Heat Related Illness
What is heat-related illness?
The heat of the sun can cause illnesses that range from unpleasant feelings to life-threatening heat stroke. According to the National Weather Service, about 175 Americans succumb to the demands of summer heat in a normal year. When it is dangerously hot, be alert for the signs and symptoms of heat stroke and heat exhaustion and take special care to protect infants, children, the sick and the elderly from the hazards of summer heat.
How hot is "dangerously hot"?
The risk of heat illness is present when the heat index is 100 °F or more. The heat index is an accurate measure of how hot it really feels when relative humidity is added to the actual air temperature. For example, if the temperature is 90 °F and the humidity is 60 percent, the heat index is 100°F. A temperature of 95 °F with relative humidity at 40 percent produces a heat index of 101 °F. When the heat index is this high, several illnesses such as heat stroke, heat cramps or heat exhaustion are possible with physical activity or prolonged exposure. The heat may overcome the body's ability to regulate internal body temperature at a safe level.
How can heat-related illness be prevented?
Good judgment and some simple precautions will help avoid possible dangers related to the heat:
- Remain indoors in an air-conditioned room during hot temperatures. If your home is not air conditioned, try to spend the hottest hours of the day in a cool public place such as a library, movie theater, or store.
- When in a closed space such as a car or house without air conditioning, open windows for ventilation. Never leave children or pets in a parked car.
- Avoid excessive physical exertion in hot temperatures, especially in the middle of the day. Take frequent rest periods in a cool, shady place during activity.
- Drink extra fluids, preferably at least eight ounces of water or diluted fruit juice each hour. Alcohol and beverages with caffeine don't count. They can make the heat's effects on your body worse.
- Wear light-colored, loose, lightweight clothing to reflect heat and allow air to circulate around the body. Wear a broad-brimmed hat in the sun.
- Eat small meals and eat more often. Avoid foods that are high in protein, which increase metabolic heat and water loss.
- Do not take salt tablets unless specified by a physician.
- Click here for a list of medications and products that increase the risk of heat-related illness
Exactly what is heat stroke?
Heat stroke is a medical emergency that can cause convulsions, unconsciousness, and even death. It can occur in a short period of time when an individual is exposed to direct sunlight, poor air circulation and high temperatures, especially during physical activity. Possible signs of heat stroke are hot, dry flushed skin, rapid pulse, faintness, dizziness, headache, nausea, loss of consciousness, body temperature rising fast to 105 or higher, an absence of sweating, and muscle twitching or convulsions. If these symptoms occur, call an ambulance immediately. Treatment must be given at once. Until an ambulance arrives, place a blanket soaked in cold water over the victim. Never attempt to give water to an unconscious victim.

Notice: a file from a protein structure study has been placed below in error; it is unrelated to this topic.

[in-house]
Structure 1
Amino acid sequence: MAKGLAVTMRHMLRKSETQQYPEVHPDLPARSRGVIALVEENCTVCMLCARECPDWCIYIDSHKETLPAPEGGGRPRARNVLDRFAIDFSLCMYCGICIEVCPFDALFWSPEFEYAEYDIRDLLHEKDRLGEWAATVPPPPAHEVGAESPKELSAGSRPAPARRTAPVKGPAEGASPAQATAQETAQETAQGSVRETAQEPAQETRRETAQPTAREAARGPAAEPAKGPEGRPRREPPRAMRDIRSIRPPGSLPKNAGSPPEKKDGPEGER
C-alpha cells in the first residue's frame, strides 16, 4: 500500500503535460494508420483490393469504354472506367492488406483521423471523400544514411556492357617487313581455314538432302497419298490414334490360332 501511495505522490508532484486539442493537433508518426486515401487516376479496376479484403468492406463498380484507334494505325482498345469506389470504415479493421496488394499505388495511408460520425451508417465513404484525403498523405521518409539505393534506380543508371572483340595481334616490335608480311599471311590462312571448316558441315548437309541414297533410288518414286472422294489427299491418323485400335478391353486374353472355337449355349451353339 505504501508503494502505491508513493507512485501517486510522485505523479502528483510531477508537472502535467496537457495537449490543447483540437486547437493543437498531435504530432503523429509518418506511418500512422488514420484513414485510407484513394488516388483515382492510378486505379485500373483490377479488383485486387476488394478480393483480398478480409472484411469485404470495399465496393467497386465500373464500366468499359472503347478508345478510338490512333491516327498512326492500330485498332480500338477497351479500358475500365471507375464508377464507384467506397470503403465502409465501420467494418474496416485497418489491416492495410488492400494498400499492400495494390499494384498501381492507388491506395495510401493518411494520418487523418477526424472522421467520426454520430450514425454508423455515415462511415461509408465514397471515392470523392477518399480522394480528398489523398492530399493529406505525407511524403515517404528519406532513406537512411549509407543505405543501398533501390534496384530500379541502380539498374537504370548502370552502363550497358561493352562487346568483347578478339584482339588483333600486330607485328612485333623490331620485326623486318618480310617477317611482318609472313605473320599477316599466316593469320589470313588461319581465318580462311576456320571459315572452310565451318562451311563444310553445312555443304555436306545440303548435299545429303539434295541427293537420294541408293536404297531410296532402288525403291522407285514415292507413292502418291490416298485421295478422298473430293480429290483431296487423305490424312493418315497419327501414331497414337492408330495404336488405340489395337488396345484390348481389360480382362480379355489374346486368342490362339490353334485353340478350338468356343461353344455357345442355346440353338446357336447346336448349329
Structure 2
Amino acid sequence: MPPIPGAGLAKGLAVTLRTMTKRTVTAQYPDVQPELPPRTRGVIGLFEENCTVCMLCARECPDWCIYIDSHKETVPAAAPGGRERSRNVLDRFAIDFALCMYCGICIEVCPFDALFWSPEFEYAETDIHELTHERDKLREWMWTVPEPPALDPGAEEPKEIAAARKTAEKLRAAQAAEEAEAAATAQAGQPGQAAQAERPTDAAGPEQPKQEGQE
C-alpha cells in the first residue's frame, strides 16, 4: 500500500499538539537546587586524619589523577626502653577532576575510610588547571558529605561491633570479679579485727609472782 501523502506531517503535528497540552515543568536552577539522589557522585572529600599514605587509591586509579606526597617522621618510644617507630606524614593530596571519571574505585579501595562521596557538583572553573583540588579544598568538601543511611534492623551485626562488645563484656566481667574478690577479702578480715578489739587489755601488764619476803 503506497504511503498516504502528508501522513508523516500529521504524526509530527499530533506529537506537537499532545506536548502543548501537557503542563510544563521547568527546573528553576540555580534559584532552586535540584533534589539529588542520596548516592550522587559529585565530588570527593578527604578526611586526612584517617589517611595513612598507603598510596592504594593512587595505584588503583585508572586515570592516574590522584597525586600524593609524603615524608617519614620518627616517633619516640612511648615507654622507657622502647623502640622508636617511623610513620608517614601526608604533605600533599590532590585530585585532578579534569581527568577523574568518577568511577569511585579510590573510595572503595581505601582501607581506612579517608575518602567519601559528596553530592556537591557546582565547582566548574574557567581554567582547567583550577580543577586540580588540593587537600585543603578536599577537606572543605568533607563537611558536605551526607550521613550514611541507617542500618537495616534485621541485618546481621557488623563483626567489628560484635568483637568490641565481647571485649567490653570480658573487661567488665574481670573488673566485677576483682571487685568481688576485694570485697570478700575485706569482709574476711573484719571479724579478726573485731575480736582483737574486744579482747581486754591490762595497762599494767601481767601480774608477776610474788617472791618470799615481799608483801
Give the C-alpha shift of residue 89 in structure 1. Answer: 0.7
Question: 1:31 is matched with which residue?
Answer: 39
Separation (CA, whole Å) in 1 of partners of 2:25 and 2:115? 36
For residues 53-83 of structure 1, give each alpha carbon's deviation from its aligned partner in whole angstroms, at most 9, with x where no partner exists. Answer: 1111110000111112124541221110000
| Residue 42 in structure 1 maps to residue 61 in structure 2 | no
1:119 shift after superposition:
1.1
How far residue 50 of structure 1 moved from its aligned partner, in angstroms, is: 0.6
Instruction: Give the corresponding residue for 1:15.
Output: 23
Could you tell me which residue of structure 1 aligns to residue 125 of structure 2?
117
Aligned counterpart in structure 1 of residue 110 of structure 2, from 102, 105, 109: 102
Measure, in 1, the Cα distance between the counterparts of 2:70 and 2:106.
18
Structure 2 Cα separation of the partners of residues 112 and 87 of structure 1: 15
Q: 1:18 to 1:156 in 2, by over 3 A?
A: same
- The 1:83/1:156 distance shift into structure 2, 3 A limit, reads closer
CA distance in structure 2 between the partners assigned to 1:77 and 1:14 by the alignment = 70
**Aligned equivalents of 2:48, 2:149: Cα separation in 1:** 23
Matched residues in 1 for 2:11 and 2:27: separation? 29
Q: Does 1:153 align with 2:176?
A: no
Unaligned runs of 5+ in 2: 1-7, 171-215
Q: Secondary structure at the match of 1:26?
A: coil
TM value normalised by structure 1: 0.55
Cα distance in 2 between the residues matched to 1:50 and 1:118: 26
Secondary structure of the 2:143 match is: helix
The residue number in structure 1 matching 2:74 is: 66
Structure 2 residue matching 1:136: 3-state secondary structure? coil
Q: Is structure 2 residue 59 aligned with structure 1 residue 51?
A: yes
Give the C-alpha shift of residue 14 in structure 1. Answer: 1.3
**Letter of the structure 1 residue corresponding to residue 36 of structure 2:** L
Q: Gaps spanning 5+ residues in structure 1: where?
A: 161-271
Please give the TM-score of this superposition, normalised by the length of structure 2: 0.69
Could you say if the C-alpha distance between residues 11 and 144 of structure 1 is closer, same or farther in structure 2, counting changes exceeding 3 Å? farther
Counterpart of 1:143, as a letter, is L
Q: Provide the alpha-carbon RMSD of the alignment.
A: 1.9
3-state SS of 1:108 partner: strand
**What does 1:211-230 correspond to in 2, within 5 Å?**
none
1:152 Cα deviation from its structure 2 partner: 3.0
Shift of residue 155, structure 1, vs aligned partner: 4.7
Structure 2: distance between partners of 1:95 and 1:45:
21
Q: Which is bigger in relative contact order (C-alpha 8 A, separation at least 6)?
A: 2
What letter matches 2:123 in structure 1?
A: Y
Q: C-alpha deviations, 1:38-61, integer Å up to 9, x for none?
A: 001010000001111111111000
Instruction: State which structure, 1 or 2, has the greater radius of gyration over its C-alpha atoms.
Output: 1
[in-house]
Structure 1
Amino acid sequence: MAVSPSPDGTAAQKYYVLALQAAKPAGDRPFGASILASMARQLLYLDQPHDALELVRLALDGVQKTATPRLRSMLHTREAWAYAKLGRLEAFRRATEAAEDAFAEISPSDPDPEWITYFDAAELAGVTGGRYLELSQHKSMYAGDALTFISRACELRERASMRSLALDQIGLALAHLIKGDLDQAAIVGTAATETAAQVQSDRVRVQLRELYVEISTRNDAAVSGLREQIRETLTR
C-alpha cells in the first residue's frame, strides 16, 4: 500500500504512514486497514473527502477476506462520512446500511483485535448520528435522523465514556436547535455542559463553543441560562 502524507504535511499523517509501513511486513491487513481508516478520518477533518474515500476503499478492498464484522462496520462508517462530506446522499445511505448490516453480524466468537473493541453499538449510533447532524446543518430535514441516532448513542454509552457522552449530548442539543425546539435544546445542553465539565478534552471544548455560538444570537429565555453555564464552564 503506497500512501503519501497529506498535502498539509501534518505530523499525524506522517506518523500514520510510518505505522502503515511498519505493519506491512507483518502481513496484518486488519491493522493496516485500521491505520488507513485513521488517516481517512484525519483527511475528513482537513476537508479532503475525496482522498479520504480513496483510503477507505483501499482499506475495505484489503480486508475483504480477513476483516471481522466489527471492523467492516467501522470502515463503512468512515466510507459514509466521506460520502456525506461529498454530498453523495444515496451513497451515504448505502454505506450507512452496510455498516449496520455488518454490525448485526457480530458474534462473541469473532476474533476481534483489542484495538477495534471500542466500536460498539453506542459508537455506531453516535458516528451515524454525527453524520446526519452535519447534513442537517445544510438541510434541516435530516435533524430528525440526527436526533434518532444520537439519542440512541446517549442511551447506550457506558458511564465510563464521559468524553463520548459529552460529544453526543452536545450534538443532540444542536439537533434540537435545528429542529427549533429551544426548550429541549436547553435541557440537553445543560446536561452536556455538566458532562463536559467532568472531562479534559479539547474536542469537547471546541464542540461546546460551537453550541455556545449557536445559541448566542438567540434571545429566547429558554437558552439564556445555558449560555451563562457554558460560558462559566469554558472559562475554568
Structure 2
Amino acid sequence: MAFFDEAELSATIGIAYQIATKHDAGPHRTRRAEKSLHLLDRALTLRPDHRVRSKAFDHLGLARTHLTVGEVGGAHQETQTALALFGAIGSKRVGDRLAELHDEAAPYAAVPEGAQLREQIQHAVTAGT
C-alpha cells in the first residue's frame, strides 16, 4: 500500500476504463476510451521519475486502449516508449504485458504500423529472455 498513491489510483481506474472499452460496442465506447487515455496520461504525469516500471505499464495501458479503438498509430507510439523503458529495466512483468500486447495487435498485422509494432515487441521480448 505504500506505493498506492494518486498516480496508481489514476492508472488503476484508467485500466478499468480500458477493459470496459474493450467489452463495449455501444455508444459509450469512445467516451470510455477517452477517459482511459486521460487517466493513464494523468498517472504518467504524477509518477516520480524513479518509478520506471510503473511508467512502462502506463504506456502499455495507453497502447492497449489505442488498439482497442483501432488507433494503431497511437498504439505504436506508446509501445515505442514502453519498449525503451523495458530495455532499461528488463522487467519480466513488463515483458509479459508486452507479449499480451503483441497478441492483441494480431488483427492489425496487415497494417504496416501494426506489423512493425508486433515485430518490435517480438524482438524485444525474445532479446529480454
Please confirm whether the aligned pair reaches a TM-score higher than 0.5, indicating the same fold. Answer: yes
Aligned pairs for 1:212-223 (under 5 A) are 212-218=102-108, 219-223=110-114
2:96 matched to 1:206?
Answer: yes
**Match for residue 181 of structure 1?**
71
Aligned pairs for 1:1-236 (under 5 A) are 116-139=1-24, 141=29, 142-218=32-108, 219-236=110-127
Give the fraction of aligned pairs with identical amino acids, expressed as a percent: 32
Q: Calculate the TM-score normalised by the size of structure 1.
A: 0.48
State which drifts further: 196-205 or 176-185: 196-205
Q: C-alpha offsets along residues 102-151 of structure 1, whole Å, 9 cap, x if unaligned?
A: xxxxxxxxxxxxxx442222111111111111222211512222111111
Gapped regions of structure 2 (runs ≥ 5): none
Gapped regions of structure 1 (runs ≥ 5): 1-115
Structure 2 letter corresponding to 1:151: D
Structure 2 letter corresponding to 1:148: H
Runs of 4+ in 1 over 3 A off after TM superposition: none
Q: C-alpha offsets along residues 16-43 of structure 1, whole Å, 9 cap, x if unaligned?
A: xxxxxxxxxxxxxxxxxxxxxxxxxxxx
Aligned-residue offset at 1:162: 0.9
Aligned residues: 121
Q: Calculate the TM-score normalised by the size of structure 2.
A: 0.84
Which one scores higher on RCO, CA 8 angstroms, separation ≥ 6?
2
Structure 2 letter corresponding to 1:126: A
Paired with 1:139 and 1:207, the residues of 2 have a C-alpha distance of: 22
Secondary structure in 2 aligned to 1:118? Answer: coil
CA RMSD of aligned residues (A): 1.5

What is heat exhaustion?
Heat exhaustion is a milder form of heat-related illness than heat stroke and is not usually fatal. It takes hours or days to occur and results from loss of water and salt. Alcohol, lack of water, excessive sweating, vomiting and diarrhea can increase a person's chances of heat exhaustion. The signs and symptoms of heat exhaustion can include cool, clammy, pale skin, weakness, dizziness, blurred vision, headache, profuse sweating, shallow breathing, confusion, nausea, and mild muscle cramps before the attack. If heat exhaustion occurs, take immediate actions to cool the victim. Move the victim to a cool place. Apply cool, wet cloths to the forehead and wrists. Loosen clothing so air can circulate to the skin. Give the victim plenty of cool water to drink. If the victim does not respond to treatment within five to ten minutes, call an ambulance.
What are heat cramps?
Heat cramps are painful spasms that usually occur in the muscles of the legs or abdomen, usually accompanied by heavy sweating. If heat cramps occur, apply firm pressure on cramping muscles, or use gentle massage to relieve spasm. Get the person to a cooler place and have him or her rest in a comfortable position. Give the victim sips of water.
What to do and who to call if you are suffering from a heat related illness?
Call 911 for immediate medical assistance if you believe you or another person is experiencing heat stroke. Symptoms include body temperature above 103 degrees Fahrenheit; red, hot and dry skin without sweating; rapid, strong pulse; throbbing headache; dizziness; nausea; confusion; and loss of consciousness.
While waiting on emergency assistance, get the victim to a shady area, cool them rapidly using cool water and monitor body temperature until it reaches 101 to 102 degrees Fahrenheit, and do not give the victim any fluids to drink.
If a person is feeling sick after being exposed to the heat or has general health related questions, tell the individual to call their doctor’s office or their county health department for information. For a complete listing, click here .
If you are in need of a fan or air conditioner and cannot afford to buy one, contact your county Low Income Home Energy Assistance Program agency. For a listing, click here.